Three must-own albums from Rock the Bells

Acts like Snoop Dogg and Wu-Tang Clan are performing off their classic debuts

August 26, 2010|By Evan Haga, Special to the Baltimore Sun

This year's Rock the Bells tour arrives at Merriweather with a twist. In addition to the show's usual multigenerational mix of hip-hop, this year's headlining acts are performing their most acclaimed albums in their entirety. It's a concept more familiar to fans of rock and roll, but, hey, hip-hop has its classics too. Here are three must-own rap records — all released in November of 1993 — you'll hear Sunday.


He was Snoop Doggy Dogg when this, his solo debut, was released and further defined the West Coast G-funk style. A lanky kid from Long Beach with a supreme height advantage, Snoop made his presence known in '92 on Dr. Dre's "The Chronic," offering up his trademarked liquid flow on instant classics like "Nuthin' But a 'G' Thang." The hit parade continued into "Doggystyle," with cuts like "Gin and Juice" and "Who Am I (What's My Name)?" staking a permanent claim on block-party and dorm-room playlists.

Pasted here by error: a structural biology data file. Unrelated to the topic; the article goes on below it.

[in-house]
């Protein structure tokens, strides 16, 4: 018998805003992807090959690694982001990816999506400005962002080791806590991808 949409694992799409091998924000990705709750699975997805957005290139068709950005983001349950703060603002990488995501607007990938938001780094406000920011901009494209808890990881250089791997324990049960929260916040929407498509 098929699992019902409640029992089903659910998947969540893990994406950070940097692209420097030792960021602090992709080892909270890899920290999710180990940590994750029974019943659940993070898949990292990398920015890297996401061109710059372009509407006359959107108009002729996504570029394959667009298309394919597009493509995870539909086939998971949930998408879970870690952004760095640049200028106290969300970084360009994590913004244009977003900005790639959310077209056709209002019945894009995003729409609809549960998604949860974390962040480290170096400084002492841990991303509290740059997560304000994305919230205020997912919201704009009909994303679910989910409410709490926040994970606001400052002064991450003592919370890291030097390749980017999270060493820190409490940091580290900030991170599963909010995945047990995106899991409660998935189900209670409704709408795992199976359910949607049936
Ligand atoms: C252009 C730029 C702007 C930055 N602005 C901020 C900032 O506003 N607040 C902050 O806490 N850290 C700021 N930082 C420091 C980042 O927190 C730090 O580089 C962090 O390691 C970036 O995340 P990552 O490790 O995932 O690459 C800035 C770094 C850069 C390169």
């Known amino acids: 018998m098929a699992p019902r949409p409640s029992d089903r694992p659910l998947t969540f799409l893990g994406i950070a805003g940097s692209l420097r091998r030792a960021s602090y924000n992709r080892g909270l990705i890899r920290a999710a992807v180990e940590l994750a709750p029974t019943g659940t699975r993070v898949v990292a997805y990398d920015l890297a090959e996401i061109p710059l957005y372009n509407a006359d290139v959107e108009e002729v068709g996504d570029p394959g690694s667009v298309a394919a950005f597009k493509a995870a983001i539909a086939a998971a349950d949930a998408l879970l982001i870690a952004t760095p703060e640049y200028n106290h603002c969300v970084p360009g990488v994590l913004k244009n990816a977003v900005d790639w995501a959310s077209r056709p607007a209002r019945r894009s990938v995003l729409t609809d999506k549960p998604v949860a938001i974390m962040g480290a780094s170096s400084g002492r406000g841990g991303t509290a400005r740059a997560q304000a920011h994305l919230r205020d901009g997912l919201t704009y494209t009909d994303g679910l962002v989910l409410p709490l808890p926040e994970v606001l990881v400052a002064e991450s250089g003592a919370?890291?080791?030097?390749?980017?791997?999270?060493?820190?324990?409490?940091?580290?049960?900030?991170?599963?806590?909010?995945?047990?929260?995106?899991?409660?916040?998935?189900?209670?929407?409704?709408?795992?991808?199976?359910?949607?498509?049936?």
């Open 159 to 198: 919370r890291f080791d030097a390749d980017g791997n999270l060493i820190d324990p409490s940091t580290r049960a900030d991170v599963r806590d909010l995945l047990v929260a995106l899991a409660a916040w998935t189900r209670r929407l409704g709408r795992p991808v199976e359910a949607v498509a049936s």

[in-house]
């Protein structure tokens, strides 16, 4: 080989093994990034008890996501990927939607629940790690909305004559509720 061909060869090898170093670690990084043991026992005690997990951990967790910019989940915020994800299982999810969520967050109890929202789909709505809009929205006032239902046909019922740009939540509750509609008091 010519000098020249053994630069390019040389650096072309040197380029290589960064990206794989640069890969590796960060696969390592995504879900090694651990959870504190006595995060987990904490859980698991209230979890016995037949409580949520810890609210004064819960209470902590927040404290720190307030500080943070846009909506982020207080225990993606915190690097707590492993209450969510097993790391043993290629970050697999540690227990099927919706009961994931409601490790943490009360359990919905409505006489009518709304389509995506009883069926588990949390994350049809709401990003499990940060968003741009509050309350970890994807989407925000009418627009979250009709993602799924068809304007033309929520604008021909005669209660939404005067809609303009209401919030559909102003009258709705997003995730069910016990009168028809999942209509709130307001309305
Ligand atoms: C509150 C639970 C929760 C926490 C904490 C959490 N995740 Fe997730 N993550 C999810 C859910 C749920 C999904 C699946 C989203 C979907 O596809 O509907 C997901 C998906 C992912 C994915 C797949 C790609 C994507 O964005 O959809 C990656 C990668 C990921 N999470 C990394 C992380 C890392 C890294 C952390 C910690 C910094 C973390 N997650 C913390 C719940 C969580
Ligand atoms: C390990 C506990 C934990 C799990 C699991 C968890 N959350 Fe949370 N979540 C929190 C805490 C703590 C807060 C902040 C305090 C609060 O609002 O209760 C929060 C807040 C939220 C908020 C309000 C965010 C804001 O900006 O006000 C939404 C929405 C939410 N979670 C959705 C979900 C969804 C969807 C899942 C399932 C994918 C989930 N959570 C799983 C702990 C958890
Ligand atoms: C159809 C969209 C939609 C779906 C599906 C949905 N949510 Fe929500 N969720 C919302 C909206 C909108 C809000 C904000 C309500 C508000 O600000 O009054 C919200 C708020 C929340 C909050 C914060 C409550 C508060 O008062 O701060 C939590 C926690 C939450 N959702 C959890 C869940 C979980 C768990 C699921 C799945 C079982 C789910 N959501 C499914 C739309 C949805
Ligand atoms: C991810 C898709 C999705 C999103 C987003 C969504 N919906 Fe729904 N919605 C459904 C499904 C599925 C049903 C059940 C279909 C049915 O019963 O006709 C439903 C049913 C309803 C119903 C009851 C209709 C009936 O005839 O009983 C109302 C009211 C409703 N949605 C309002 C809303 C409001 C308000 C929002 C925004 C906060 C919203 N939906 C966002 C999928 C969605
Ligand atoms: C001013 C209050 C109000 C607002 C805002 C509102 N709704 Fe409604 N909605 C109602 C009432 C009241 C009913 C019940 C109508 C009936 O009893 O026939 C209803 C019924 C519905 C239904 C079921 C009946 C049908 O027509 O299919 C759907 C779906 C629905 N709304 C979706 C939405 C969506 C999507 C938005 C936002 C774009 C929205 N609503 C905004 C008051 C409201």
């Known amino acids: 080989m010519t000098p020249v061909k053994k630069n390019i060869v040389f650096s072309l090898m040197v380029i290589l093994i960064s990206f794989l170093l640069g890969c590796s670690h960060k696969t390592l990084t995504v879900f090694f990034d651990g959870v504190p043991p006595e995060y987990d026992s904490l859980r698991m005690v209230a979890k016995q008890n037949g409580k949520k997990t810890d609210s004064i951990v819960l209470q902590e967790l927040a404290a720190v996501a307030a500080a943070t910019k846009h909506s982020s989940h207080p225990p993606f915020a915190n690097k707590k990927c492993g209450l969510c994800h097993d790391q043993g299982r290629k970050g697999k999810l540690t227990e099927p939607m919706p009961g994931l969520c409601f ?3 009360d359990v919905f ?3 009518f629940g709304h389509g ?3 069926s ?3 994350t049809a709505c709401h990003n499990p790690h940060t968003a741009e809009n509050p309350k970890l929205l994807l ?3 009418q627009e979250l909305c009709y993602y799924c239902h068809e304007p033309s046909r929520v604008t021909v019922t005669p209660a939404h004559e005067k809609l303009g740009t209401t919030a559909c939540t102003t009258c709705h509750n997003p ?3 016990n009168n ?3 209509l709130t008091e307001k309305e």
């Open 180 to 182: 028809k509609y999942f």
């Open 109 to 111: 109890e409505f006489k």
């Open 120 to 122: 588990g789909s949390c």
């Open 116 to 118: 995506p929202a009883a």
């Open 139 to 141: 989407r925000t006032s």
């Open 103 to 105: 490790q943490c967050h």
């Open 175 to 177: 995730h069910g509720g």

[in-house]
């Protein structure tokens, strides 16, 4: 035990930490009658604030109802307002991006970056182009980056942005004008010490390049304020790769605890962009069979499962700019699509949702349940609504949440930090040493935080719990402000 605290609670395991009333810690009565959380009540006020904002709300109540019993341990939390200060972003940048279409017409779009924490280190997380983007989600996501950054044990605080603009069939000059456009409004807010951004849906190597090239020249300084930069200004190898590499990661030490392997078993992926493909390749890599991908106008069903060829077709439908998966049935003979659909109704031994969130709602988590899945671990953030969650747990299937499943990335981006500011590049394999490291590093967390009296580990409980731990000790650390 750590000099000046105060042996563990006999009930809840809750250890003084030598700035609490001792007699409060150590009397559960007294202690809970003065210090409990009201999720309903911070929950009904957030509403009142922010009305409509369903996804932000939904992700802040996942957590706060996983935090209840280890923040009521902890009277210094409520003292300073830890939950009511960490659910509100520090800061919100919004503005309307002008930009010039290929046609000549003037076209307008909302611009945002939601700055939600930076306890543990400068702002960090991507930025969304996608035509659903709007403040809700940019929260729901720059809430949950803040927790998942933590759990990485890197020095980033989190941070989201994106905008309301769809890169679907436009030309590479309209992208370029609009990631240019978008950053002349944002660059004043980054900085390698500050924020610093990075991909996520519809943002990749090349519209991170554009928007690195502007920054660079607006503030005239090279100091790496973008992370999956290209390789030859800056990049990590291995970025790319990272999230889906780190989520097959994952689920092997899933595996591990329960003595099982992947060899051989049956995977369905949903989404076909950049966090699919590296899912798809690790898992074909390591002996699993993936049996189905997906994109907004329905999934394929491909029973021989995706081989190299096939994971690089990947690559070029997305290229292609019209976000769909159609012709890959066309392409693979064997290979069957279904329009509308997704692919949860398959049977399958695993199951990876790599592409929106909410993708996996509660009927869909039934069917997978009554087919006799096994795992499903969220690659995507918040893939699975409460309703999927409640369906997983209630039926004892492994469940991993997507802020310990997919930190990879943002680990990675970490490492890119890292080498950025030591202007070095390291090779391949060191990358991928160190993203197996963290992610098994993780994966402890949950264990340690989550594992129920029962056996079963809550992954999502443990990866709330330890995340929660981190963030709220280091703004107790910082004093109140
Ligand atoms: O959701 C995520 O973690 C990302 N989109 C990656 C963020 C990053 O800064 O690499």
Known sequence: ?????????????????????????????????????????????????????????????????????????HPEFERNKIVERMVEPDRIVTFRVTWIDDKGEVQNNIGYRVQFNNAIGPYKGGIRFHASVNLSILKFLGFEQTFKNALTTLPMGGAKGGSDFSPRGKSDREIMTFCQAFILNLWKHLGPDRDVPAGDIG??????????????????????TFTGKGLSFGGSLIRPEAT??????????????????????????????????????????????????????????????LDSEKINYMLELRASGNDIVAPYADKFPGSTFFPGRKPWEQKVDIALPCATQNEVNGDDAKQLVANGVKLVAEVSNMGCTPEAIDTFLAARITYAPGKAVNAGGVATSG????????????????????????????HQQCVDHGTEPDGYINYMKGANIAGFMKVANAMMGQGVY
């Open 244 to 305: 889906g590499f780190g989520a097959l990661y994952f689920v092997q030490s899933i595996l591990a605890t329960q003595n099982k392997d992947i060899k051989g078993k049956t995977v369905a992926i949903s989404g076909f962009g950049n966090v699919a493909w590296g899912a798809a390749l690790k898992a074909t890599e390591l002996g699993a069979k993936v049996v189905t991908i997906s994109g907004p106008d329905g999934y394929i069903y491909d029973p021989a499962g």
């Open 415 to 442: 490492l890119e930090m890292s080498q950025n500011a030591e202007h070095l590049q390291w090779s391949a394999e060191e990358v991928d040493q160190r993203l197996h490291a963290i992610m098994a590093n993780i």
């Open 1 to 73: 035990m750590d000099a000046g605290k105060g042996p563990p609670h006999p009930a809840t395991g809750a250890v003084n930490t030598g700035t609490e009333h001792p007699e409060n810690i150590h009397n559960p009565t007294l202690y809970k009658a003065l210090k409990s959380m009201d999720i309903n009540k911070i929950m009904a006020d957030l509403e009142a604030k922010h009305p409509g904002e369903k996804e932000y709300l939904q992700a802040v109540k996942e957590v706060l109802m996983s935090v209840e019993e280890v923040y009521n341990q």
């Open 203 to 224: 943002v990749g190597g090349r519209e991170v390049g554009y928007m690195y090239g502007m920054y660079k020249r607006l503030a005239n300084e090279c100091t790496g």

"Enter the Wu-Tang (36 Chambers)"

Laced with samples from vintage kung-fu movies and produced with hard-hitting East Coast simplicity, Wu-Tang Clan's epic debut seemed as artful and singular as it was hard-core. Some 17 years later, after so many classic solo albums, ludicrous name changes and extensive merchandising, "36 Chambers" is still the essential Wu document: just check the lyrical fire of cuts like "C.R.E.A.M." and "Protect Ya Neck."

"Midnight Marauders"

Many hip-hop fans would agree that "The Low End Theory" is A Tribe Called Quest's finest moment, making this Rock the Bells' most controversial album pick. But this fuller-sounding release was another smart, stylishly grooving effort from this trio that traded hip-hop thuggery for fun, sharp, buoyant rhymes. In so many words, everything that crunk represented, Tribe was and is not.

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